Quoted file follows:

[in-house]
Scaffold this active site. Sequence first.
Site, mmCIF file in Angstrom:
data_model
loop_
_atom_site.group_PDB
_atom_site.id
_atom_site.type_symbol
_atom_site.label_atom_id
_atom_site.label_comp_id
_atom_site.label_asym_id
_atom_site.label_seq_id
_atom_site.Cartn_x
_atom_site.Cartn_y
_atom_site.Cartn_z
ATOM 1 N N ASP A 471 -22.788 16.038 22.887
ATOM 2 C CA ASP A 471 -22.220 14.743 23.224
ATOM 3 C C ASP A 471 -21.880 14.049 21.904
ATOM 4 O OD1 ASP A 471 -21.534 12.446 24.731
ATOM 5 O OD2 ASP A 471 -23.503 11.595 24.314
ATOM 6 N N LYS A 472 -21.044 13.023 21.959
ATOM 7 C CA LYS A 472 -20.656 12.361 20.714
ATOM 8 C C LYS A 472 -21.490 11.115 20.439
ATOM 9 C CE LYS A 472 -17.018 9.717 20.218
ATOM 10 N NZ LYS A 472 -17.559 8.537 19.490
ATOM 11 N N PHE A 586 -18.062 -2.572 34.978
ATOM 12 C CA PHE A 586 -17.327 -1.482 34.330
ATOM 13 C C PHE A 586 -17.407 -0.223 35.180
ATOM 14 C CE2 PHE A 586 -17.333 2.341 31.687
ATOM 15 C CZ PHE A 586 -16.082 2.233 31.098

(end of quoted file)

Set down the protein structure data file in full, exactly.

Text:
[in-house]
Scaffold this active site. Sequence first.
Site, mmCIF file in Angstrom:
data_model
loop_
_atom_site.group_PDB
_atom_site.id
_atom_site.type_symbol
_atom_site.label_atom_id
_atom_site.label_comp_id
_atom_site.label_asym_id
_atom_site.label_seq_id
_atom_site.Cartn_x
_atom_site.Cartn_y
_atom_site.Cartn_z
ATOM 1 N N ASP A 471 -22.788 16.038 22.887
ATOM 2 C CA ASP A 471 -22.220 14.743 23.224
ATOM 3 C C ASP A 471 -21.880 14.049 21.904
ATOM 4 O OD1 ASP A 471 -21.534 12.446 24.731
ATOM 5 O OD2 ASP A 471 -23.503 11.595 24.314
ATOM 6 N N LYS A 472 -21.044 13.023 21.959
ATOM 7 C CA LYS A 472 -20.656 12.361 20.714
ATOM 8 C C LYS A 472 -21.490 11.115 20.439
ATOM 9 C CE LYS A 472 -17.018 9.717 20.218
ATOM 10 N NZ LYS A 472 -17.559 8.537 19.490
ATOM 11 N N PHE A 586 -18.062 -2.572 34.978
ATOM 12 C CA PHE A 586 -17.327 -1.482 34.330
ATOM 13 C C PHE A 586 -17.407 -0.223 35.180
ATOM 14 C CE2 PHE A 586 -17.333 2.341 31.687
ATOM 15 C CZ PHE A 586 -16.082 2.233 31.098